"Wall Street is way too sanguine about the fiscal cliff," Valliere said. "It will be resolved eventually and I don't think it will be horribly negative. The problem is the timing. I could see the fiscal cliff getting dragged out through the first quarter (of 2013), maybe through the end of the second quarter.
"If you believe the reason the economy is mediocre is because nobody wants to make long-term plans, this gridlock, if it persists into next year, would reinforce concerns about very mediocre GDP growth." (Read More:
Valliere thinks there's a 1 in 5 chance that Obama loses the popular vote to Romney but wins the Electoral College, a scenario that would award the Democratic incumbent a second term but likely would create unrest.
That outcome raises the dark specter of the 2000 race between Republican George W. Bush and Democrat Al Gore, in which Bush ultimately won in the Electoral College despite Gore getting more popular votes. The protracted post-election battle inflicted substantial damage on financial markets.
The chance for such a scenario is remote but potentially dangerous, said Tina Fordham, senior global political analyst at Citigroup.
"The winning candidate has won the Electoral College but lost the popular vote only once in the past 124 years," Fordham said in a recent note. "The possibility of outlier outcomes can't be eliminated, especially in today's fraught contest, but we underscore that the likelihood of a Bush-Gore split vote redux has about the same probability as NASA announcing the discovery of extraterrestrial life."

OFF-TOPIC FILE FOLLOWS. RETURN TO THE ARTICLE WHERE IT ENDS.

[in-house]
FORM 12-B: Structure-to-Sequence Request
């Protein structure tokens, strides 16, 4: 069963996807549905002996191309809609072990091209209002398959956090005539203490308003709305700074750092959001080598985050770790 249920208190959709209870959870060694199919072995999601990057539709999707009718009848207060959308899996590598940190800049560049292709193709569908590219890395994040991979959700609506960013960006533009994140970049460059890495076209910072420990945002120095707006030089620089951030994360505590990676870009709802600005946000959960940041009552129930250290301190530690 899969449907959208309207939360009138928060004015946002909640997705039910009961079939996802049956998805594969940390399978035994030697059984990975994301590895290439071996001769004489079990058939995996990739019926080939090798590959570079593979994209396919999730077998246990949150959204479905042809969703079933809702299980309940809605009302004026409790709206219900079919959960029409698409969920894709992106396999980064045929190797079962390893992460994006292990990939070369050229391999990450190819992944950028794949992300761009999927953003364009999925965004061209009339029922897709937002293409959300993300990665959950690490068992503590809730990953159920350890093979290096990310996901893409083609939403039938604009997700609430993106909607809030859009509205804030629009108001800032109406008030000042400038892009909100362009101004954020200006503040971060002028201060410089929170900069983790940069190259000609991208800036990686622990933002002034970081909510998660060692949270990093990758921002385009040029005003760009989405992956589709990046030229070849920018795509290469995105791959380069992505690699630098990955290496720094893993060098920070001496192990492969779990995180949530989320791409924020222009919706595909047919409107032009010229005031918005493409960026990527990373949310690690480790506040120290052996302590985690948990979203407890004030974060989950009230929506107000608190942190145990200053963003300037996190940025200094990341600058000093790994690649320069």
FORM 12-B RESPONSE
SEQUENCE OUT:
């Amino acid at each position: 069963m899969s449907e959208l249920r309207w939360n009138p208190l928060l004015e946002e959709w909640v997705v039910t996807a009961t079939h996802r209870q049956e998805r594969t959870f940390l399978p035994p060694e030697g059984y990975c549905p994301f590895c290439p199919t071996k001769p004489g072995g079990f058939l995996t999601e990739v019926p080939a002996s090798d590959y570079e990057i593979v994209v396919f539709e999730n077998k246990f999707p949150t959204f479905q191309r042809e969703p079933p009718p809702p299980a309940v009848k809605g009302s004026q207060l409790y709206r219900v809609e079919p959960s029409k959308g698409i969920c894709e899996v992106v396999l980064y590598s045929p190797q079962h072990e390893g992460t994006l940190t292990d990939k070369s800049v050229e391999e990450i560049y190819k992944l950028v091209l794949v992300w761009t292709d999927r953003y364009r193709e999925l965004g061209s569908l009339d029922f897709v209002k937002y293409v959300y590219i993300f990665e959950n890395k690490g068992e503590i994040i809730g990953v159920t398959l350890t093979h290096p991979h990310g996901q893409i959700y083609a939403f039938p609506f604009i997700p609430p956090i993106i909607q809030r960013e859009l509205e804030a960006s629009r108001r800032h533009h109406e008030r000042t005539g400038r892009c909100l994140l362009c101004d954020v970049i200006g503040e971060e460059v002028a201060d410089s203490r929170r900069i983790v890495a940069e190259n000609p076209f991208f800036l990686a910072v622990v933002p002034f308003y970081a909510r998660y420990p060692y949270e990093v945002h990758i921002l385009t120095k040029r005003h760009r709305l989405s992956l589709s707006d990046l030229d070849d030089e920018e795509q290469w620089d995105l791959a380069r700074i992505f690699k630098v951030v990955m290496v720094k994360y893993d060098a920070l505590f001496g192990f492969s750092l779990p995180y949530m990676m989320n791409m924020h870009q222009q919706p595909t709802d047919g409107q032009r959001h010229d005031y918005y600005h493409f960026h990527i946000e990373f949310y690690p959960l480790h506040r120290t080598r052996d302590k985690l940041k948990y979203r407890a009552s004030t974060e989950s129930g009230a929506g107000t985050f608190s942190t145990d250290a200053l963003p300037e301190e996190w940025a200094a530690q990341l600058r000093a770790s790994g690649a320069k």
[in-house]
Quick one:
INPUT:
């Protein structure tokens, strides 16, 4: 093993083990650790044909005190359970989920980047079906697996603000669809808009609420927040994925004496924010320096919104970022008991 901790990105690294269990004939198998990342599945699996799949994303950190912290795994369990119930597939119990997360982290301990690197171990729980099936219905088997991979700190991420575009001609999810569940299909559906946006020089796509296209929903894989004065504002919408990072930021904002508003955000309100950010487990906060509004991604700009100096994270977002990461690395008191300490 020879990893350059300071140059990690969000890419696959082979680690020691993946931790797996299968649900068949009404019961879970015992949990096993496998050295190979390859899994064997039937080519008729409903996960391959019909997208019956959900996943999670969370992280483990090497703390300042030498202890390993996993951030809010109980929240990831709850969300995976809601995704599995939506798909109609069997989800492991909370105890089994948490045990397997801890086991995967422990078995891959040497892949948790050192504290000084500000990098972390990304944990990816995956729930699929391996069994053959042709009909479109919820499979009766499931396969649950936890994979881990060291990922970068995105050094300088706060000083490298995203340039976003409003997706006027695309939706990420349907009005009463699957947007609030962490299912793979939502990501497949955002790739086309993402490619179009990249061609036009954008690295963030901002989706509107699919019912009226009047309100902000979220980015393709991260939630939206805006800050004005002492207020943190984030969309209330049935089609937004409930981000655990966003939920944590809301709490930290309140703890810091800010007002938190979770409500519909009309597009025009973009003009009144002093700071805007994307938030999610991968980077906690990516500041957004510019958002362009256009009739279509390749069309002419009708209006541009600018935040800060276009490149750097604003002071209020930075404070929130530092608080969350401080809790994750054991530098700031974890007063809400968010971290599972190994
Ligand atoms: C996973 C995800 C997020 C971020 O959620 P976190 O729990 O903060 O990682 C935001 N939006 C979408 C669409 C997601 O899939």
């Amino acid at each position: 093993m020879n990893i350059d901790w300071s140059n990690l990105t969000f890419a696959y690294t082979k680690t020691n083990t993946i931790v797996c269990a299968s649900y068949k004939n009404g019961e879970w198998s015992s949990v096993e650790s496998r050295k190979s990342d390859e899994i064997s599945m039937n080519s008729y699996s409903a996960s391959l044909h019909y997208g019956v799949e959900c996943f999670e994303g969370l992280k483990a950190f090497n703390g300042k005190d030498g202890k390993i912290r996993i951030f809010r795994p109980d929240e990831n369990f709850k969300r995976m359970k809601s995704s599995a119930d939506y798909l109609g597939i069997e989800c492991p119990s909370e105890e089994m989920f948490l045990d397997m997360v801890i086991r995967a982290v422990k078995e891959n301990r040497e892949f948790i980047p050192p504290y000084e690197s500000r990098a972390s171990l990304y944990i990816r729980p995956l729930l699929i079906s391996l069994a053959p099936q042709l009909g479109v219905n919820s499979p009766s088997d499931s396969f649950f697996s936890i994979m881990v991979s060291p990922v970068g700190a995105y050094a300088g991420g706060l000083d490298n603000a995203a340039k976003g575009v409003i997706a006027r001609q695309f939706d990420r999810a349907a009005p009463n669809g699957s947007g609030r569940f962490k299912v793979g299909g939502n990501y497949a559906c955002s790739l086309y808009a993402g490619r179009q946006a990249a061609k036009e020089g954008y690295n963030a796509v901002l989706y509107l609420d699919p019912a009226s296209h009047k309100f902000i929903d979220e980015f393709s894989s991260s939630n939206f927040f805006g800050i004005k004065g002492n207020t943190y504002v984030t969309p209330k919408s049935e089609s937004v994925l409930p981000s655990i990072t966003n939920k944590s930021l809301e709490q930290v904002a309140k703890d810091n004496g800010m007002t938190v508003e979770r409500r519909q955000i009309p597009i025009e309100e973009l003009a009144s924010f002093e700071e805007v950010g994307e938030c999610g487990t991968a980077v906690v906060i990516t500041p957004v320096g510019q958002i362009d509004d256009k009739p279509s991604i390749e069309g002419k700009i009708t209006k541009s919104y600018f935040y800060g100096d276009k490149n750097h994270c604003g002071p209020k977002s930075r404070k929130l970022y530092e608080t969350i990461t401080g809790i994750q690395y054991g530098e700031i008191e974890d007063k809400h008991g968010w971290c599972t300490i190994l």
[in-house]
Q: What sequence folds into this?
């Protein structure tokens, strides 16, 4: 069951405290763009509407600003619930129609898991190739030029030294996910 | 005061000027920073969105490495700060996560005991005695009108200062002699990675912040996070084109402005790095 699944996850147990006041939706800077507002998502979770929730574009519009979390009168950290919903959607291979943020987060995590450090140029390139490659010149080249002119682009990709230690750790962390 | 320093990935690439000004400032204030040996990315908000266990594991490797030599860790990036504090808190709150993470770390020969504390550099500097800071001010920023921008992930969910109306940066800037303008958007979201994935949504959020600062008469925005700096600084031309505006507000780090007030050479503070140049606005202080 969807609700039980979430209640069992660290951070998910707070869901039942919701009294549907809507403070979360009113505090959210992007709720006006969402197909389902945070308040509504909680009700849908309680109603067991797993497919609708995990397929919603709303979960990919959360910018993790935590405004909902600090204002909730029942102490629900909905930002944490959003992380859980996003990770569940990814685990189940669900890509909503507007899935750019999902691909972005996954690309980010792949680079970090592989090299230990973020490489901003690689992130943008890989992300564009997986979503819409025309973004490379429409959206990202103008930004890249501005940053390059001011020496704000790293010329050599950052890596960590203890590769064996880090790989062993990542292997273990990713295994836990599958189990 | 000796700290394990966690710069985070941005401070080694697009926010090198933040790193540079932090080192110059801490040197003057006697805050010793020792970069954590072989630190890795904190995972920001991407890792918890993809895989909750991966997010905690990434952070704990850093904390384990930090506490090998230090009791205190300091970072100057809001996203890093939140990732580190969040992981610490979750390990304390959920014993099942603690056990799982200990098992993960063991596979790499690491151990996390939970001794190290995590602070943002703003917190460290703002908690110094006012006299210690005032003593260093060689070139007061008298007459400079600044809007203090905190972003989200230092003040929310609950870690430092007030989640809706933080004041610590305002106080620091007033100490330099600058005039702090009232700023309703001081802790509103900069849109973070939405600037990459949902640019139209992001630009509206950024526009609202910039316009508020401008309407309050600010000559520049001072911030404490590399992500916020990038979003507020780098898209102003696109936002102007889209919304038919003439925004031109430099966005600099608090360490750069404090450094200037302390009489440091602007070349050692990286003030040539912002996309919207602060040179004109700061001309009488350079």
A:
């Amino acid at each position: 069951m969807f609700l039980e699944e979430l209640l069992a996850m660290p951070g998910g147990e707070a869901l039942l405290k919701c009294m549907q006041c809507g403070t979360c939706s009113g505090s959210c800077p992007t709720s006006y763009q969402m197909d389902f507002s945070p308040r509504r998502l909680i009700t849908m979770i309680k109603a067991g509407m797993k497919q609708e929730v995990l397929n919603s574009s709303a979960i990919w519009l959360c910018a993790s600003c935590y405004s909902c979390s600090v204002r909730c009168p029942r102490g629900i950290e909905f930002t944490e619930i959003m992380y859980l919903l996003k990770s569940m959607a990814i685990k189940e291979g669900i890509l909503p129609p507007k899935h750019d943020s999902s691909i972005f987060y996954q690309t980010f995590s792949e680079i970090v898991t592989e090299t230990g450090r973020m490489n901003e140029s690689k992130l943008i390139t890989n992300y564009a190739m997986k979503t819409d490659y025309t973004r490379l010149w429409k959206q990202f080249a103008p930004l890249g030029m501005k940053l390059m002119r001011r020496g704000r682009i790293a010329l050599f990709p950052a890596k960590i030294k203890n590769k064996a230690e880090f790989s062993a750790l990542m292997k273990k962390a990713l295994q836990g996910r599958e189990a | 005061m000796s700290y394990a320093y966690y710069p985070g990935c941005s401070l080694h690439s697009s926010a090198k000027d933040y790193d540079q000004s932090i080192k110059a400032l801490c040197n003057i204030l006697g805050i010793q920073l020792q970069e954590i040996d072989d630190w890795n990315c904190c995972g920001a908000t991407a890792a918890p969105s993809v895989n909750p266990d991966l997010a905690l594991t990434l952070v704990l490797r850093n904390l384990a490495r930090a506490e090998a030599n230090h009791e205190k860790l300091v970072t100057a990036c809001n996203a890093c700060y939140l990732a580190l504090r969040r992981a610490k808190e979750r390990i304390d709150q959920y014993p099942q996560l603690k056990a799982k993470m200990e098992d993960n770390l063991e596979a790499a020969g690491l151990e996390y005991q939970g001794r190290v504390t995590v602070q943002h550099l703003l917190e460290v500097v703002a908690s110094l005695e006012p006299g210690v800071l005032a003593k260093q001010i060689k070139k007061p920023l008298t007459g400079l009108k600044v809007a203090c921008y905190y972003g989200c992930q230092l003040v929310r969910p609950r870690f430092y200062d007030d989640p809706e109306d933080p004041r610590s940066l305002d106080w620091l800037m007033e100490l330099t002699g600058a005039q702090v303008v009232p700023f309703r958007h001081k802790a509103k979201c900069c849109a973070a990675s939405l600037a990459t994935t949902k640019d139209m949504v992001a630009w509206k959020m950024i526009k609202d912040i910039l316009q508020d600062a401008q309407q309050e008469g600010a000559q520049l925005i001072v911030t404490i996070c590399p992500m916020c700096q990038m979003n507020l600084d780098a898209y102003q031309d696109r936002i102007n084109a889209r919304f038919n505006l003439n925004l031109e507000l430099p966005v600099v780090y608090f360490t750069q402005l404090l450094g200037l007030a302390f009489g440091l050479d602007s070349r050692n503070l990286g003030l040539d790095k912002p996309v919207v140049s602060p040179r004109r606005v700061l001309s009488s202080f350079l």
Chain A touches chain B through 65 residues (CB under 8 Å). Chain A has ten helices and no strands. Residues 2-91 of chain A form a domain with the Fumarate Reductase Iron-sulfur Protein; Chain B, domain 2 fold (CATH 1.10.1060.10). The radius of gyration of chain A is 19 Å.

Fordham bases the latter analysis on numbers from Intrade, whose members indeed have assigned an electoral-popular vote split the same probability as life on Mars.
Still, with the race tightening and Romney gaining substantial ground in swing states, the possibility merits attention. (Read More: Romney Win Would Be Better for Avoiding 'Fiscal Cliff': Goldman)
"A close race or disputed result could reduce the political capital of the winner, diminishing prospects for a compromise solution for the 'fiscal cliff' in the 'lame duck' session of Congress and potentially pushing negotiations into the new legislative session in January 2013," Fordham said.
Revisiting the Bush-Gore race provides a snapshot of what could happen.
In the days after that election, Gore's decision to challenge the results preceded a 280-point intraday drop in the Dow industrials, and in the month after the Standard & Poor's 500 lost 8 percent.
In the run-up to the Supreme Court decision that ultimately awarded the Florida race, and the election, to Bush the stock market gained. But stocks then fell through December and into the following year, cratering after the Sept. 11, 2001 terror attacks and not recovering until 2007.
"The odds are rising that the victor will be elected by only a very thin majority," said Paul Ashworth, chief US economist at Capital Economics. "In a worst-case scenario, we could see a repeat of the Bush/Gore 2000 fiasco, with uncertainty over the result dragging on for several weeks."
In that case, the ultimate winner could find himself without a mandate or a means to address the pressing fiscal matters ahead.
"So even if we don't know the outcome of the presidential election race itself, it is looking increasingly like whoever wins could end up finding victory is a poisoned chalice," Ashworth said.